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Doing unit testing for the first time at a large scale, I find myself writing a lot of repetitive unit tests for my business logic. Sure, to create complete test suites I need to test all possibilities but readability feels compromised doing what I do - as shown in the psuedocode below.

How would a well written, readable test suit look like?

describe "UserEntity" ->
  it "valid name validates"
    ...
  it "invalid name doesnt validate"
    ...

  it "valid list of followers validate"
    ..
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closed as not a real question by gnat, Mark Trapp, Yusubov, GlenH7, StuperUser Oct 17 '12 at 12:40

It's difficult to tell what is being asked here. This question is ambiguous, vague, incomplete, overly broad, or rhetorical and cannot be reasonably answered in its current form. For help clarifying this question so that it can be reopened, visit the help center.If this question can be reworded to fit the rules in the help center, please edit the question.

    
Have you tried searching through P.SE using "Unit testing" for the search terms? I don't see how your question is building upon the number of already answered questions on this subject. –  GlenH7 Oct 16 '12 at 14:41
    
Yes, but I have not seen any good answers on how readability is maintained –  Industrial Oct 16 '12 at 15:32
    
It would help your question if you linked to some of the better answers you have found and explain why they aren't answering your particular question. As it stands, there are currently 4 close votes on this question which is most likely due to the overly broad nature of the question. –  GlenH7 Oct 16 '12 at 15:38
1  
Depending on what type of code you're testing and what framework for unit tests, the answer will be different. I'm only really familiar with the XUnit tests patterns, and there is a lot of good advice for that in amazon.co.uk/Art-Unit-Testing-Examples-NET/dp/1933988274 –  StuperUser Oct 17 '12 at 12:42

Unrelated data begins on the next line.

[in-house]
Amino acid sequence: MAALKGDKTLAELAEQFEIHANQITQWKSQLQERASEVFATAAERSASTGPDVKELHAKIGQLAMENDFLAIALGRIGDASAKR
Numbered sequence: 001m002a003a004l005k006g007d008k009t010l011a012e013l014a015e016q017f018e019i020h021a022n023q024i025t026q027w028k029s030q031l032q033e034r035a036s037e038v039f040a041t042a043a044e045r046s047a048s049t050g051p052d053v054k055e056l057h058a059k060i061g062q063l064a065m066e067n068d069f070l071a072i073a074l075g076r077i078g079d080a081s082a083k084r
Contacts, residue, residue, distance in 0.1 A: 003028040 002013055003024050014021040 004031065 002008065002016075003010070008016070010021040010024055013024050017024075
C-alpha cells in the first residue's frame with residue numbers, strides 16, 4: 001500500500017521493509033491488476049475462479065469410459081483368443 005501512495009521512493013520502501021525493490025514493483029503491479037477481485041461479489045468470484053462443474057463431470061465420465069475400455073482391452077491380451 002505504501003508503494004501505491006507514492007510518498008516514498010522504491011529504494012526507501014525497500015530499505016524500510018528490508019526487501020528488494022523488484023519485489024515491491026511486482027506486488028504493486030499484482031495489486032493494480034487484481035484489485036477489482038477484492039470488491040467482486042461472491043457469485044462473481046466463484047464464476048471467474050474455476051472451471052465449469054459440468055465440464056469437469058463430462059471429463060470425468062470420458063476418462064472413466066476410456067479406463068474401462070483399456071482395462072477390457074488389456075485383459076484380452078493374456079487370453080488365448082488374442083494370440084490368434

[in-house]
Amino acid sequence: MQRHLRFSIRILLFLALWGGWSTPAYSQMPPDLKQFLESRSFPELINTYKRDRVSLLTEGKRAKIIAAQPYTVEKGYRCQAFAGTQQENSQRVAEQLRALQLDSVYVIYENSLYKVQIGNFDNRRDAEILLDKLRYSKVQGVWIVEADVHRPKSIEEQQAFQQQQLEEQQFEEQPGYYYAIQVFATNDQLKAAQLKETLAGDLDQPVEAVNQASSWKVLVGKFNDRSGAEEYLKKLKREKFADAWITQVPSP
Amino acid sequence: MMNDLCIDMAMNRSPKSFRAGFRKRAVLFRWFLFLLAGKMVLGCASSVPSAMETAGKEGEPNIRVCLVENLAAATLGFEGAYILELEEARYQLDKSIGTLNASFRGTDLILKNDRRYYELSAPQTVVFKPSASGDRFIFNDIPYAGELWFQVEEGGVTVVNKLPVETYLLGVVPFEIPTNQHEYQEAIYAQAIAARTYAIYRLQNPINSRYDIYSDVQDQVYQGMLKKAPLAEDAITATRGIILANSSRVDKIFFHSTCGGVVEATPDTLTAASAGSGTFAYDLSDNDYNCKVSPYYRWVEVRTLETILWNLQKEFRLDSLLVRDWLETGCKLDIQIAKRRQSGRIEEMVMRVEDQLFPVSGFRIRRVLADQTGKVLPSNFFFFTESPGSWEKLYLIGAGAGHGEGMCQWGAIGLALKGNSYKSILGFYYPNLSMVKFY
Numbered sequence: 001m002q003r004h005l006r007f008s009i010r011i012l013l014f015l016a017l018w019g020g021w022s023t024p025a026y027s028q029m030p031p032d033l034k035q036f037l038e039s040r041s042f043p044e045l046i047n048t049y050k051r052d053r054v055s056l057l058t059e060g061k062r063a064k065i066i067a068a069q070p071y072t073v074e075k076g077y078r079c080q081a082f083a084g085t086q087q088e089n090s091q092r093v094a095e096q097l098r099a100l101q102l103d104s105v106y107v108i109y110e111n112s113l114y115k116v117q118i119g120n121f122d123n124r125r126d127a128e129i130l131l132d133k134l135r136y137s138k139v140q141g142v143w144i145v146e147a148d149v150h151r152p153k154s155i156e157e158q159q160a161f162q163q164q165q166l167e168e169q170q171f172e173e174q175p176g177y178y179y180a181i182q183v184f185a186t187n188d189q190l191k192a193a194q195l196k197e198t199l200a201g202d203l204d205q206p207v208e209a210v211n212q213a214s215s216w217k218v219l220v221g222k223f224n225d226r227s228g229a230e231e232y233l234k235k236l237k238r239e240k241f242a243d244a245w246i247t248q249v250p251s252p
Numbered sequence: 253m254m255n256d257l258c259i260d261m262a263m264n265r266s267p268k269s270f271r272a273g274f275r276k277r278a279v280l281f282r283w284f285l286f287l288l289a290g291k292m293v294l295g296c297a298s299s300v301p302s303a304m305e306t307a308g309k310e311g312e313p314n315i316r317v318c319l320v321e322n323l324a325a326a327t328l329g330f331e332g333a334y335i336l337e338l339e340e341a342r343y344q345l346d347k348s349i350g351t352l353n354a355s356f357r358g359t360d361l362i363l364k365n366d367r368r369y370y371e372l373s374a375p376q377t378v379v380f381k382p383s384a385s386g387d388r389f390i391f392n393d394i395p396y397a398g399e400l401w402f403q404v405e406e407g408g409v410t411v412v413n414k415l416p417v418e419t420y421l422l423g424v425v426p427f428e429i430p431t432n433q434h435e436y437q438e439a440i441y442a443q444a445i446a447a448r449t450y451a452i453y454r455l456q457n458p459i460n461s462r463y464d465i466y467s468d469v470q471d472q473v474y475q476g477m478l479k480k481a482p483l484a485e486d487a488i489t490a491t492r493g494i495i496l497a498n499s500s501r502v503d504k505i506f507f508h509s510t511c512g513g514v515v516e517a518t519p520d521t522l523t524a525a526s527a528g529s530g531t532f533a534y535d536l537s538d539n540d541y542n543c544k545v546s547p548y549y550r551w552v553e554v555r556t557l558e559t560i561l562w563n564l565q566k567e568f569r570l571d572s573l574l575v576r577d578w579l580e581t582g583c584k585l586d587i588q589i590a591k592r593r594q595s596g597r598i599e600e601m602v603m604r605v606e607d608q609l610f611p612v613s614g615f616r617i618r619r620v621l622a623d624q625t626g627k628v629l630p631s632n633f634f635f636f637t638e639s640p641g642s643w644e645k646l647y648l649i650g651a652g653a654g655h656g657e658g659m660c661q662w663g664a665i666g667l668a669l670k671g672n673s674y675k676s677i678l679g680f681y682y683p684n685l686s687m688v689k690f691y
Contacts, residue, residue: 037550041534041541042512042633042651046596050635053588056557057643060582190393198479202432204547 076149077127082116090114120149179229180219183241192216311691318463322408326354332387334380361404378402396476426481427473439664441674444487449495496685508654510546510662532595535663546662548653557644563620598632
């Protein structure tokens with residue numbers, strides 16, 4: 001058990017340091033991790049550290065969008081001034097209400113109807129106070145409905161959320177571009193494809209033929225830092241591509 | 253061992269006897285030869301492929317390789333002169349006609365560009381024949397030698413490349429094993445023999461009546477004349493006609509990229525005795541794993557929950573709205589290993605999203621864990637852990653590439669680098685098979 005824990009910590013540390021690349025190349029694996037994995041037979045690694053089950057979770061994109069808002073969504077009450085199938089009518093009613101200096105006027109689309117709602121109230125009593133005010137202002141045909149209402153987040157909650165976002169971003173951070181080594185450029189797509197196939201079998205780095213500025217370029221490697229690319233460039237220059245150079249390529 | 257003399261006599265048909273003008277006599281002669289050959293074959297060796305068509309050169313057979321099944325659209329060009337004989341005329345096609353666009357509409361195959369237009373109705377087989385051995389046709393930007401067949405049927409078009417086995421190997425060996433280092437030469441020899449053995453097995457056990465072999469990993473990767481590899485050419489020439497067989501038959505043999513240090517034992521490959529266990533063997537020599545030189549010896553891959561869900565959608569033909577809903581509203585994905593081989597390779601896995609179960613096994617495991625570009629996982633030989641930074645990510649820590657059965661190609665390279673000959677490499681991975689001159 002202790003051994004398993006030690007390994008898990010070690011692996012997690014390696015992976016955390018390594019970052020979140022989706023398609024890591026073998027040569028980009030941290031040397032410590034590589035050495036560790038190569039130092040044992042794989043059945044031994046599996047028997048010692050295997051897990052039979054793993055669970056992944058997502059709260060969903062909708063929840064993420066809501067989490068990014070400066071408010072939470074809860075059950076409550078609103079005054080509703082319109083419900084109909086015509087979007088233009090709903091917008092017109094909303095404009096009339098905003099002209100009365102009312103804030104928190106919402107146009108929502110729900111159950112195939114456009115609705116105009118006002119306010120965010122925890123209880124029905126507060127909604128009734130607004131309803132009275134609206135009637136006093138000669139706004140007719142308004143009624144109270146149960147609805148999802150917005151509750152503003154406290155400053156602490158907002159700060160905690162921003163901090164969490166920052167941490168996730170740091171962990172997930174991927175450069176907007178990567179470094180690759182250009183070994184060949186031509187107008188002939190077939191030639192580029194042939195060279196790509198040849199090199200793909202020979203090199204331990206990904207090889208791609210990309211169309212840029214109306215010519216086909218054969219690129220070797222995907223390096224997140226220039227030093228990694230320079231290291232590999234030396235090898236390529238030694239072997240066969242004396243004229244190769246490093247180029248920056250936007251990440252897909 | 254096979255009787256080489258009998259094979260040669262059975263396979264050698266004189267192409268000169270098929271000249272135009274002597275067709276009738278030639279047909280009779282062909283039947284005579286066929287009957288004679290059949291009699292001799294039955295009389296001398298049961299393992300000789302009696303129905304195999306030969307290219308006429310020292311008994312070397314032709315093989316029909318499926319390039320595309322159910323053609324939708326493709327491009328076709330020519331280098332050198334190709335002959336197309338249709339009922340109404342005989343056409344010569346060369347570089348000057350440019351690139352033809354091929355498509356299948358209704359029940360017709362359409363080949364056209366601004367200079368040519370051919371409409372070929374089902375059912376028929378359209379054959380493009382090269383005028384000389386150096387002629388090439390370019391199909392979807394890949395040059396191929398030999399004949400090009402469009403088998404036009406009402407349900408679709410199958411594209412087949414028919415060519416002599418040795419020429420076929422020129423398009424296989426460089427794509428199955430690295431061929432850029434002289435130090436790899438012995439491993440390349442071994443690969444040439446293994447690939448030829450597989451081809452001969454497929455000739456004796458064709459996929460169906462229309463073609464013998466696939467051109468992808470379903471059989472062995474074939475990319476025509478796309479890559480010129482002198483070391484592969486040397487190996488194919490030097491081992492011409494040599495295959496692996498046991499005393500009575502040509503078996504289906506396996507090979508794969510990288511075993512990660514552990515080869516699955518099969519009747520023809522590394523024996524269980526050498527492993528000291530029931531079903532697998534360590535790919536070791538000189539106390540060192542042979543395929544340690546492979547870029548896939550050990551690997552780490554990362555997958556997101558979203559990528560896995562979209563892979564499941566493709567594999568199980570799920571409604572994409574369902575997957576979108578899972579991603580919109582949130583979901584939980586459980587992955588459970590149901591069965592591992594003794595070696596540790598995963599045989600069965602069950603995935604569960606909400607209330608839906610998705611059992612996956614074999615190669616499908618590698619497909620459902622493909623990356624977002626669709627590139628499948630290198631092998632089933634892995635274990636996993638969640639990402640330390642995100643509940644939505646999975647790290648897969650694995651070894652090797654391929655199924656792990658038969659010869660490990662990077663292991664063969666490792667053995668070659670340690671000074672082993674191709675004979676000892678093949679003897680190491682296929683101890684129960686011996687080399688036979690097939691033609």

3 Answers 3

up vote 4 down vote accepted

In general, a well written test suite inevitably contains some repetition, as you are testing the same method over and over with different parameters and results. But if you have significant chunks of duplicate test code, you can improve it by refactoring. Extract repeated code parts into separate methods which you can then reuse.

For a more detailed treatment, check out Growing Object-Oriented Software Guided by Tests. It contains lots of tips and practical examples on how to make your test code more concise, fluent and readable.

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I really do like the AAA pattern.

// Arrange
arrange needed mocks, stubs, parameters, whatever

// Act 
test

// Assert
validate test
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3  
AAA is great for frameworks that encourage it (xUnit, etc). But the language in the question suggests a Context/Specification-style framework, which doesn't really fit. –  pdr Oct 16 '12 at 10:08

in my eyes a good test looks like:

/*
description of what is tested (include mentions of whether it's general case, edge case, exceptional case)

include references to any relevant bug reports
*/
void testSomthing(){
    prepare mocked behavior (if any)

    set the input for the method

    set expected_output from the test

    gotten_output=do call to tested method

    assertEquals(gotten_output, expected_output);
}

repeat for each test

without the documentation you won't know which of the 2 dozen tests on a method test what

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